■3 What sort of person's preferences are to be employed?

  One wonders if this sort of approach can actually be carried out. How is this process to proceed? Would everyone arrive at a price together, for example by having an individual's internal endowments appear on TV and their allotted money increased? This would be a two-way TV where viewers could push a button to signal when a sufficiently high dispensation had been reached. In this way the amount dispensed would be decided. Is this more or less how it would work? Here what first comes to mind, and this is something which can be said about all such methods, is that there are all sorts of people in the world.

 "In this light, let us first consider the objection that our criterion justifies far too little redistribution. It is enough for one queer fellow to consider blindness a blessing for compensation to the blind to cease to be required. To tackle this challenge, one should begin by stressing that the relevant preference schedules must be genuine and somehow available to the people concerned. " (Van Parijs[1995:77=2009:126])

  "queer fellows" are to be excluded. Van Parijs continues as follows.

 "It can only stop when it is true that at least one person who knows and understands all the consequences of having B rather than A judges in the light of her coonception of a good life that B is no worse than A. Some of the queer fellows one may have in mind can no doubt be disqualified on the ground that they do not understand what they are talking about. If any are left, they are likely to belong to isolated subsocieties, whose cultural world is unavailable to others (this is precisely why these regard them as queer), and hence whose preference schedules cannot be viewed as generally available. If these two conditions are met, that is, if there is no problem with either understanding or availability -- and if, therefore, there is no 'queerness' left -- there is nothing shocking, it seems to me, in discontinuing redistribution." (Van Parijs[1995:77=2009:126])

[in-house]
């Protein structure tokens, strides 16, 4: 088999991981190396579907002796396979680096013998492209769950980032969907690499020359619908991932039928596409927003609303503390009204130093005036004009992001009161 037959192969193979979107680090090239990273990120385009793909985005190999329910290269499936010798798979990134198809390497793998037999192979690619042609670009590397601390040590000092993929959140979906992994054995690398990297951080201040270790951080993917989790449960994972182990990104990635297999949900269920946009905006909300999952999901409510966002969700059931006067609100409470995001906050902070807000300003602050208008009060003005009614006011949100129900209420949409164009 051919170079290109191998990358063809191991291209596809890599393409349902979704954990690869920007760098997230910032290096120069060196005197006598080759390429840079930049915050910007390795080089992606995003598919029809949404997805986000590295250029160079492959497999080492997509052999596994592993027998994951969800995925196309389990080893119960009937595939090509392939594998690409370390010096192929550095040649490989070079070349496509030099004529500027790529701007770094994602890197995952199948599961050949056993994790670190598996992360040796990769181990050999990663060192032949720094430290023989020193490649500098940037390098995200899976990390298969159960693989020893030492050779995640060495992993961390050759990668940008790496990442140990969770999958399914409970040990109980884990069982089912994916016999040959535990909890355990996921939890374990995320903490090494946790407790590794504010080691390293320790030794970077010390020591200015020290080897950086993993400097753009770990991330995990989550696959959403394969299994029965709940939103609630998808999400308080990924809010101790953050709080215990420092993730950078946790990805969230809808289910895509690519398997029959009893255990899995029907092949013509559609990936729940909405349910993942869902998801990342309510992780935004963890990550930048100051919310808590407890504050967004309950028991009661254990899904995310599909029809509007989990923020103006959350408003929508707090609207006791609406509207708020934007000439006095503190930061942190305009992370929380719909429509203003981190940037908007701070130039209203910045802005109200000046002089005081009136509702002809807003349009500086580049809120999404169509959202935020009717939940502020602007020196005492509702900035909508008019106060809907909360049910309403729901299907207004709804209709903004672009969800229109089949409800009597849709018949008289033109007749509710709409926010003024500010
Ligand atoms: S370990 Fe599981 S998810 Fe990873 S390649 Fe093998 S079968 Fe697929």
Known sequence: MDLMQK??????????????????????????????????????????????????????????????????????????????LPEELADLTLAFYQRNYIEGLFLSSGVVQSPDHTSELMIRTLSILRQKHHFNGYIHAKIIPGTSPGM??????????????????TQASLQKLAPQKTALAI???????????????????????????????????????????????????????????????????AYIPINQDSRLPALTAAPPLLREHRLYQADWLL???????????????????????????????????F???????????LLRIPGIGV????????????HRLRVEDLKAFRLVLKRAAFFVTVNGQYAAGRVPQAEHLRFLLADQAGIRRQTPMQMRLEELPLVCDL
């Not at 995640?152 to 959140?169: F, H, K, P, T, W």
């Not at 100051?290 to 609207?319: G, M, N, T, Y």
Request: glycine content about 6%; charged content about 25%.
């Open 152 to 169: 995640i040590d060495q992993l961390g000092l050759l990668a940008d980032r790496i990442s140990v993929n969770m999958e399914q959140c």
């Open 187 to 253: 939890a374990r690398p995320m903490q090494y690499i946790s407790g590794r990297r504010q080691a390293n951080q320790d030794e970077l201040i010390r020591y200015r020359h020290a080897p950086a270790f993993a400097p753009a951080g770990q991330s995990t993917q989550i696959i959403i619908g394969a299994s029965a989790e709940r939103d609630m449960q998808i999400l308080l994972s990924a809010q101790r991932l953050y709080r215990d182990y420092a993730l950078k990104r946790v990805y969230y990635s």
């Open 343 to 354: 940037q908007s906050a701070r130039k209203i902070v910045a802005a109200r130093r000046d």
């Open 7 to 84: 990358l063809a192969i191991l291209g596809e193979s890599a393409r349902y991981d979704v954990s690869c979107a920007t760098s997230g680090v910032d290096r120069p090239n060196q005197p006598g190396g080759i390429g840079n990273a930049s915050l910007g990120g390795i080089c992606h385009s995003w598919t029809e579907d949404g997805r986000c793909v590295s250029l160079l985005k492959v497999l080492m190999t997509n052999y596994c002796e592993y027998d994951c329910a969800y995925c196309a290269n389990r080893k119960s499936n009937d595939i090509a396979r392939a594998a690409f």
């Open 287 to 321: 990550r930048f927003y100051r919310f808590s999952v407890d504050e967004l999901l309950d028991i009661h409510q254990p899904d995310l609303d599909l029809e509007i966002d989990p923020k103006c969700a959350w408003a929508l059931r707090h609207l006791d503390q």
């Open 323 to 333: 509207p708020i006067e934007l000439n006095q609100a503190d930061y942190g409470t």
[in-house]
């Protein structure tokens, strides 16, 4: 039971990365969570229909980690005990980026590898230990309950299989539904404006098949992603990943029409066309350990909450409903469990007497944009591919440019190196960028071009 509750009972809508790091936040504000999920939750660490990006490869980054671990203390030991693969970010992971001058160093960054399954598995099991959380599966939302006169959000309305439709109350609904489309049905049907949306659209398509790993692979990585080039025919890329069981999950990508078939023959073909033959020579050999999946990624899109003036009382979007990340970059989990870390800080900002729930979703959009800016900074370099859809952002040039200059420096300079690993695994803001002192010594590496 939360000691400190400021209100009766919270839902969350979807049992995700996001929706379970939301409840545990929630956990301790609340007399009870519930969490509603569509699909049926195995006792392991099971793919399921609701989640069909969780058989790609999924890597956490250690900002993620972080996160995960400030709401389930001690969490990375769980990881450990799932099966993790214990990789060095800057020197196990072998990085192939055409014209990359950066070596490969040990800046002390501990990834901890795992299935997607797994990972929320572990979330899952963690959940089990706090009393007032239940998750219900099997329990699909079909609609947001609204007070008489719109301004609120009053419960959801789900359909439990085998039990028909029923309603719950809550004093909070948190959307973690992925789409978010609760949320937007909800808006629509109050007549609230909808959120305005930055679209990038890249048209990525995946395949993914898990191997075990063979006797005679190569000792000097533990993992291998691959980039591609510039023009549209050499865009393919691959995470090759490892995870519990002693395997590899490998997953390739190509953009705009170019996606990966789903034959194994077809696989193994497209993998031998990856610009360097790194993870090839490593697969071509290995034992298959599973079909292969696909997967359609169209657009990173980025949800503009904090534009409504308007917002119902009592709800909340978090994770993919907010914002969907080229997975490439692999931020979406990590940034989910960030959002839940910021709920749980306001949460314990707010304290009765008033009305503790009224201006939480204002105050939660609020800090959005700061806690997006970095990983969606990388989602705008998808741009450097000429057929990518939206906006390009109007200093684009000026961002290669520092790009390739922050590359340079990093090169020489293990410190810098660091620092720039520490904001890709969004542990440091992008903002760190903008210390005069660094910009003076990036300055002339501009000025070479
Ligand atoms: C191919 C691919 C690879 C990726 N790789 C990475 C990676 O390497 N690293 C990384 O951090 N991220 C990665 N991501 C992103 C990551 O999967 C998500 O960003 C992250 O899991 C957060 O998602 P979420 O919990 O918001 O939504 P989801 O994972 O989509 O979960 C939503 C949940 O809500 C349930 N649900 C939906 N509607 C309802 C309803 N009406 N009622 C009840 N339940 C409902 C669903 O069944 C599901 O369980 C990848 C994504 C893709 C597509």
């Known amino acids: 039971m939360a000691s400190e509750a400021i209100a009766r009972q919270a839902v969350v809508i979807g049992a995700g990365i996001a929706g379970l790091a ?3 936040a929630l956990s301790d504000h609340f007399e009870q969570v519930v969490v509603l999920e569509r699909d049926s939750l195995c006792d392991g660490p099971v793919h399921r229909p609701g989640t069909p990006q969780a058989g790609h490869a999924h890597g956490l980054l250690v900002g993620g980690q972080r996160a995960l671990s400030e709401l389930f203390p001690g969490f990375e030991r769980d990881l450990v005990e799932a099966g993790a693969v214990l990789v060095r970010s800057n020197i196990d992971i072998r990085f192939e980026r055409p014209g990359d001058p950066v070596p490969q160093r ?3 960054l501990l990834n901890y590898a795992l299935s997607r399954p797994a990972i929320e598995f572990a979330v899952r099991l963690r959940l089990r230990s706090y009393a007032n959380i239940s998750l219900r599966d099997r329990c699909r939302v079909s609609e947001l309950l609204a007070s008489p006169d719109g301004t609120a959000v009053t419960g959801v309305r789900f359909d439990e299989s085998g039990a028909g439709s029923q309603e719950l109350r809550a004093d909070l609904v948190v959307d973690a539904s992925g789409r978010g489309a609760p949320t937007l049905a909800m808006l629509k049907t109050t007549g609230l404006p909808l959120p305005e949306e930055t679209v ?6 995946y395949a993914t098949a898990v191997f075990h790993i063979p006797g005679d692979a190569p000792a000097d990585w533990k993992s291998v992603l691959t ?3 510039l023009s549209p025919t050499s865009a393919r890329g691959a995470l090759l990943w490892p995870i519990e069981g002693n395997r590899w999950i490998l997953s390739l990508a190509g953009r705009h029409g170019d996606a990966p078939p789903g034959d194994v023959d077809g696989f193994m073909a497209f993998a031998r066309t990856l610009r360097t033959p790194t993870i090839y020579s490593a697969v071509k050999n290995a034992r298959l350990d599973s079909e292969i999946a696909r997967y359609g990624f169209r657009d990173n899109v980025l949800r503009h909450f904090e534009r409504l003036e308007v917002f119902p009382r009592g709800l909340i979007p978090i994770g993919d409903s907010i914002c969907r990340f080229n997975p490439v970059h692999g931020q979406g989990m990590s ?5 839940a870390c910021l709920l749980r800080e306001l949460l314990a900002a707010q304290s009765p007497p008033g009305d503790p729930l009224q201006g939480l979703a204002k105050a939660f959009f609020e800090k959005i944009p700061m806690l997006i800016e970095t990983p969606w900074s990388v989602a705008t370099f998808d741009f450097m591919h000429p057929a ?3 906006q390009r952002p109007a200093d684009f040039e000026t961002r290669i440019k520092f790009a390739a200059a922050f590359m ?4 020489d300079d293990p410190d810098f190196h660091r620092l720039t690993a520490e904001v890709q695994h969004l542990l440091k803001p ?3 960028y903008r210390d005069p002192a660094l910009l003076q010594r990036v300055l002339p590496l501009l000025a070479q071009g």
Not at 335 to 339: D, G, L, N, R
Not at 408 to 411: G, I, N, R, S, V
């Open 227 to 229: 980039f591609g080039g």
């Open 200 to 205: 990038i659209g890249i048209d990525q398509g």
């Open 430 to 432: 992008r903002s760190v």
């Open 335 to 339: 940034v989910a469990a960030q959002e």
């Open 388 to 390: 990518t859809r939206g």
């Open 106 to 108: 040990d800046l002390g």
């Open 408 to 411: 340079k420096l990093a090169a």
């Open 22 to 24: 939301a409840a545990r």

There are people who " they are likely to belong to isolated subsocieties", and since these people are considered "queer" in the sense that they belong to a 部分社会 which other people do not understand their preferences are ignored. In a diverse society there are a variety of groups and individuals, and thus questions remain about which are to be considered "isolated subsocieties". It seems natural that there should be some people who have doubts about whether the passage quoted above provides an adequate standard.
  This is a problem which nearly always arises when this sort of argument is made. People's preferences are considered important so an effort is made not to alter or interfere with them. When this is done problems arise, and these preferences which lead to problematic states of affairs are then considered not to be preferences (within the normal range) or those who hold these preferences are not accepted as members of society capable of taking part in social decisions. This is also a logical inevitably. While considering people's opinions to be important, when unacceptable opinions arise they are not acknowledged as opinions. The person in question is excluded from the range of what are considered to be human beings★02.